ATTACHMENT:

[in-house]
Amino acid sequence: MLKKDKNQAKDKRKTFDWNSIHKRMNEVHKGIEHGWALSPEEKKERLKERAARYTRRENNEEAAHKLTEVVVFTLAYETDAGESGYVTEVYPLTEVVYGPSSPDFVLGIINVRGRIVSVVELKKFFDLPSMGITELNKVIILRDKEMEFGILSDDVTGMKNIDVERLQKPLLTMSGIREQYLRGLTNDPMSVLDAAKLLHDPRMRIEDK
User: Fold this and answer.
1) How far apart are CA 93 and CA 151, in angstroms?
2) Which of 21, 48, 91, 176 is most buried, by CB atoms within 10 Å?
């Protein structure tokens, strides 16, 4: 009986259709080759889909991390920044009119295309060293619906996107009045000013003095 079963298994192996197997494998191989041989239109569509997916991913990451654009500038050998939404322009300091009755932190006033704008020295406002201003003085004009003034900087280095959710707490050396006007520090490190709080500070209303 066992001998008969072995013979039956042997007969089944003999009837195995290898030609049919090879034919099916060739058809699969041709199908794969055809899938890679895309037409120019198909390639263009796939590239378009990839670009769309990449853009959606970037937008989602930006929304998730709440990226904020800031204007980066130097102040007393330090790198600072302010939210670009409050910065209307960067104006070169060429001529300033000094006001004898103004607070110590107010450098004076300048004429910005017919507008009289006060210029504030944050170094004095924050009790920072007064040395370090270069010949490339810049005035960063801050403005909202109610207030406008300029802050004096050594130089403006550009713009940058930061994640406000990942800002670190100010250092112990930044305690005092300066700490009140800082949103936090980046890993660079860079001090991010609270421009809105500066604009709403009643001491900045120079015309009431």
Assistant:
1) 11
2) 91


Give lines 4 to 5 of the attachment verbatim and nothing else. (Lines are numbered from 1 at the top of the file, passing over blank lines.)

1) How far apart are CA 93 and CA 151, in angstroms?
2) Which of 21, 48, 91, 176 is most buried, by CB atoms within 10 Å?